Florida Cave Deaths Focus New Attention On Safety, Training
(Originally appearing in the SEPTEMBER 2001 of Florida Scuba News)
News reports of a rash of fatal cave-diving accidents in Florida earlier this year have alarmed a number of public safety officials, suggesting there has been a radical increase in cave-diving deaths, and many instructors and diving-community members are scrambling to learn what happened so that the incidents are not repeated. Yet while the fatalities raised a well-justified red flag, not all voices are in accord that the landscape is accurately portrayed.
One such voice is that of Larry Green, Florida State Coordinator for International Underwater Cave Rescue/Recovery (IUCRR). Green’s organization serves not only as a clearinghouse for information regarding cave-diving safety and underwater rescue and recovery, but as a ready source of manpower and expertise to assist law-enforcement and rescue agencies in the conduct of their operations. As such, they are in a unique position to share data and to evaluate incident information in order to enhance future operations.
“Unfortunately, a number of incidents are inaccurately reported in an effort to get out the story in the press,” Green said. “Sometimes they’re not even cave-related. And while, in the beginning, we tried to avoid getting involved with the press, the lack of correct information made us realize it was time to address the media.”
While an increase in the state’s permanent and temporary populations, as well as an increased interest in “extreme sports”, may have lent to the perception that cave-diving deaths are proportionally on the rise, Green said he believes that “education is definitely paying off”.
Even so, he added, there is still room for improvement. And whatever causes may contribute to an accident, it all comes down to the same issue: training.
“There was a time in our training programs when we could say that there were no trained cave divers that had died,” he said. “Of course, that’s no longer true, but the vast majority of fatalities are not trained cave divers, or cave divers diving beyond their training levels.”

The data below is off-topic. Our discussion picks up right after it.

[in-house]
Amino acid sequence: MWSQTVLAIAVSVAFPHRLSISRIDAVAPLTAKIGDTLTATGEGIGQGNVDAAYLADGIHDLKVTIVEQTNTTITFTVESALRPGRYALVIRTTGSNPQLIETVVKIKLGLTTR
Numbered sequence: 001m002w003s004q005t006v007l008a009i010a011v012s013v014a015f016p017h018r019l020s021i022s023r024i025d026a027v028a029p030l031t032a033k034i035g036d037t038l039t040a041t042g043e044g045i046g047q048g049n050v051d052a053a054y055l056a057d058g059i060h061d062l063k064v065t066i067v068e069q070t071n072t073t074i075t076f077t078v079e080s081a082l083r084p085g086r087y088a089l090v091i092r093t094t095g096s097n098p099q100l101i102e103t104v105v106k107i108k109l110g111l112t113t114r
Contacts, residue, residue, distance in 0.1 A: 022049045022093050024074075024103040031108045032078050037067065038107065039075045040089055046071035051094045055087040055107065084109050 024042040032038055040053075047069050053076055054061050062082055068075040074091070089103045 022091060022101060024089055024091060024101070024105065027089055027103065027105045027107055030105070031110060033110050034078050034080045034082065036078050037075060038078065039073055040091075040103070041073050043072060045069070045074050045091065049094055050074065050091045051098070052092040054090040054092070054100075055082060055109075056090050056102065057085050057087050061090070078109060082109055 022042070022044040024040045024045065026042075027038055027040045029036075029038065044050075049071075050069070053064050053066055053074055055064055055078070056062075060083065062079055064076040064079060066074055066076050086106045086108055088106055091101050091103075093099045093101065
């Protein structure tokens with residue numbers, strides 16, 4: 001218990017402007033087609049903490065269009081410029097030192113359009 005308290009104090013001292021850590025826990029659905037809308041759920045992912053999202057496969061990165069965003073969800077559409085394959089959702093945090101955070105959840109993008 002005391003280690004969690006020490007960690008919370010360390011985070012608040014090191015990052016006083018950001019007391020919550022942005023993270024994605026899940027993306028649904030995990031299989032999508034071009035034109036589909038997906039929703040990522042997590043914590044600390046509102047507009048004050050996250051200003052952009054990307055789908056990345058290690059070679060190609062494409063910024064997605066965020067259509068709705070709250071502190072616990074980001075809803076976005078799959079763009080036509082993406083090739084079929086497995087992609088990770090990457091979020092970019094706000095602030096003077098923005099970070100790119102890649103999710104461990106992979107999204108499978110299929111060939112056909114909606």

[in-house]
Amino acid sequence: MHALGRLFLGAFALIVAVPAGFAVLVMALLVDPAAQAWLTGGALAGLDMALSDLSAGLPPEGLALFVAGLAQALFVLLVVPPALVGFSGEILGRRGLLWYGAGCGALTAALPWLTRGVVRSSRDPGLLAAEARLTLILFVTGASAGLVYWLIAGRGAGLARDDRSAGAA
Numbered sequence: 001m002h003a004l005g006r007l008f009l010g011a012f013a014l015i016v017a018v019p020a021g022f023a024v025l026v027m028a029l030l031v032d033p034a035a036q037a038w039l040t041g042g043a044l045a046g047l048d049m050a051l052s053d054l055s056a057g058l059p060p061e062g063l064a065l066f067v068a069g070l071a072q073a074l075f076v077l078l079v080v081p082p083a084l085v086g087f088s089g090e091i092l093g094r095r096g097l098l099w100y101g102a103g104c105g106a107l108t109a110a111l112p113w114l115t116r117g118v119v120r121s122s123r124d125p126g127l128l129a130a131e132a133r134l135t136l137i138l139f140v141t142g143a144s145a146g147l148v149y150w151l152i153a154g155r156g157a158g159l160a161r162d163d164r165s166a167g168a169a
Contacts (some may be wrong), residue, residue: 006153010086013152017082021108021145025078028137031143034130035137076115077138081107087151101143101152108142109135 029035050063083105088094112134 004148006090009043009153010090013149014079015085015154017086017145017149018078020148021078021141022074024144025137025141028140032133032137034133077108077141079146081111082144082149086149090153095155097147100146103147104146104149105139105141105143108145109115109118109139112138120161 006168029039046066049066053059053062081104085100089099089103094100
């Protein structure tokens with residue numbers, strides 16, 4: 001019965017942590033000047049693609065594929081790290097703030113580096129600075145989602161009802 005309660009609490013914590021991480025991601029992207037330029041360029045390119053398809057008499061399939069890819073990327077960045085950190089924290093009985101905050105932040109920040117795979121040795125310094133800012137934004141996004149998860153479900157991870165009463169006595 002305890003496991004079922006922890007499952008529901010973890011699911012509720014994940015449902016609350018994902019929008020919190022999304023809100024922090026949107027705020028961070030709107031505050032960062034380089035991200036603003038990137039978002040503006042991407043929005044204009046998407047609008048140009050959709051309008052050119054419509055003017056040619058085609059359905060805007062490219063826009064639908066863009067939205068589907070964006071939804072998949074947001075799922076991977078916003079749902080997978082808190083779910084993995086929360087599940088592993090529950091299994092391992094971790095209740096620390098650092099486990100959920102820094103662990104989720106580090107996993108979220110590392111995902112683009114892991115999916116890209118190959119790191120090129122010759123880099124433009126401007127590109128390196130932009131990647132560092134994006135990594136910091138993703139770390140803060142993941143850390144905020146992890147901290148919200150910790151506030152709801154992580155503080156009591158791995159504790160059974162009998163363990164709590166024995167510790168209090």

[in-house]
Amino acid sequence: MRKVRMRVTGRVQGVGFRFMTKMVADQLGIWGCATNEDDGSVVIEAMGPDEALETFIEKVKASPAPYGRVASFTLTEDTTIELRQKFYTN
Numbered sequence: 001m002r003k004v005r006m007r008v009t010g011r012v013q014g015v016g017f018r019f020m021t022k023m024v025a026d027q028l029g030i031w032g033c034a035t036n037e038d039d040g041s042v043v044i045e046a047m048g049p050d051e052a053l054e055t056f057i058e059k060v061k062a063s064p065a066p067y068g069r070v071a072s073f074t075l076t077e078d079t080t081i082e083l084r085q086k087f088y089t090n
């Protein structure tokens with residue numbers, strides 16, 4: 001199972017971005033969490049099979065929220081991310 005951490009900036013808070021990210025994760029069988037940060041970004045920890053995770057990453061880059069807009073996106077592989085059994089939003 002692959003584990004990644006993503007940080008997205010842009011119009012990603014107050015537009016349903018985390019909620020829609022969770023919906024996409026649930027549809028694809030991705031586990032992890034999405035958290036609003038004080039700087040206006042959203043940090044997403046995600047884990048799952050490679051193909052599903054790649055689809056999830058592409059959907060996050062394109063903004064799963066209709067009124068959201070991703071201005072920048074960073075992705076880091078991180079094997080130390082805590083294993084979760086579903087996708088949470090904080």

Green said that an important element of IUCRR training protocol is accident analysis profiles. Adhering to the guidelines that emerge from that analysis process is of immeasurable value. Common sense and discipline, from managing air properly to not going too deep to having the proper equipment and maintaining it in good working order, go a long way toward keeping divers safe.
Green also suggests that more can probably be introduced during open-water certification training that can serve as a stronger impetus to unqualified divers to stay out of regimes for which they are not trained.
“Unfortunately, the moment you tell some people they can’t do something is the moment that it becomes unsafe, and they’re tempted to push the envelope,” he explained. “But if instructors were to offer more specifics on just what happens, it may be a more effective deterrent. Otherwise, open-water divers can find themselves presented with variables they’d never been informed about: poor fin technique or buoyancy control stirring up the bottom in a confined area, and pretty soon, they can’t see to find their way out.”
“Divers that get into these situations didn’t plan on dying that day.”
The causes of the Florida accidents are still under investigation, but reports indicate that the victims were of varied qualification and experience levels.
For more information on International Underwater Cave Rescue/Recovery (IUCRR) e-mail: firstname.lastname@example.org.
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Used with permission